Seek campus resources. When you start feeling overwhelmed, consider talking to a resident assistant, peer mentor or academic advisor, or seek out on-campus counseling. Many colleges and universities offer free or low-cost counseling services for students who need assistance, according to The College Board, a nonprofit organization founded in 1900.

However, campus counseling centers have seen extreme increases in demand over the past decade, leading to higher caseloads for counselors, according to the American Psychological Association (APA).

"To minimize students slipping through the cracks, schools are dedicating more resources to rapid access and assessment, where students can walk in for a same-day intake or single counseling session, rather than languishing on a waitlist for weeks or months," the APA reported.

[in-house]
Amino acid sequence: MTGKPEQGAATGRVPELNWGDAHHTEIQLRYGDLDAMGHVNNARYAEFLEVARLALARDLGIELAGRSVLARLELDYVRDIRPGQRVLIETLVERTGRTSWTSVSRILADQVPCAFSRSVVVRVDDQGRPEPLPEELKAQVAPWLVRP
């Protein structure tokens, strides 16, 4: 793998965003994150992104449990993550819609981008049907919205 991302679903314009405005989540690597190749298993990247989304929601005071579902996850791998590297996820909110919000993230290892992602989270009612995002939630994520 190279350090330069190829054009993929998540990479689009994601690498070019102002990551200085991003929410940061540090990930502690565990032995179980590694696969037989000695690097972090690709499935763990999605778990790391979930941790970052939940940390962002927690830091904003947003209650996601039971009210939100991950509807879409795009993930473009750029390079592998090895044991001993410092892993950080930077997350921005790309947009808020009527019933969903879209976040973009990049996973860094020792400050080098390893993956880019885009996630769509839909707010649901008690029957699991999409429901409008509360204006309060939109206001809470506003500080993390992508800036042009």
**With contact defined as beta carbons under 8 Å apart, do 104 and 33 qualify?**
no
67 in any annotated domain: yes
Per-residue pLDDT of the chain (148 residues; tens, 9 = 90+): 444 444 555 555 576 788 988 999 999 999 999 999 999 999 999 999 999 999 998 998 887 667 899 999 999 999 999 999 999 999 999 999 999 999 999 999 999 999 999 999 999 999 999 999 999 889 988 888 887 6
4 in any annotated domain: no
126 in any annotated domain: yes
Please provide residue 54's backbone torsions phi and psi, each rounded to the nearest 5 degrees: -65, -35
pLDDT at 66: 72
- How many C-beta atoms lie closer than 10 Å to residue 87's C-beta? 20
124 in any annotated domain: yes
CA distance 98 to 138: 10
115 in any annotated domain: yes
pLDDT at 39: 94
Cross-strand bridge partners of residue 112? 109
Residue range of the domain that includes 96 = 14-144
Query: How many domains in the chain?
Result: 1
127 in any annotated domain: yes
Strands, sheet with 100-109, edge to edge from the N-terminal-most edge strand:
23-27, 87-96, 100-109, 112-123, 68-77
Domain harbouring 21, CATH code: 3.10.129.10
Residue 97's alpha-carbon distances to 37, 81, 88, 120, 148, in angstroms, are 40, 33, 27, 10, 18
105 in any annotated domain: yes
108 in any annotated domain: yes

Finding What Works for You

What works will differ for every student. Blodgett found maintaining a self-inventory helpful in keeping burnout at bay.

"I learned what I had to prioritize, and even though I had to make difficult decisions to let certain commitments go, it was the best for my mental well-being," she said. "Another thing I do to avoid burnout is honor my 'me-time' rituals. Every Sunday when I was in school, I really tried to give myself that Sunday to disconnect and just pamper myself."

The member of SHRM's Emerging Professional Advisory Council advised students to conduct a personal inventory. This helps to give a full picture of all you have going on, what is the best and worst use of your time, and the cost or benefit of continuing those activities.

Lastly, ask yourself what energizes you, Blodgett recommended.

"What are the things that make you happy? Be fastidiously intentional about doing more of [those things] and not letting anything disrupt that boundary of self-care." 

Other SHRM Resources:
How Emerging Professionals Can Avoid Burnout, SHRM Student Resources, June 2, 2023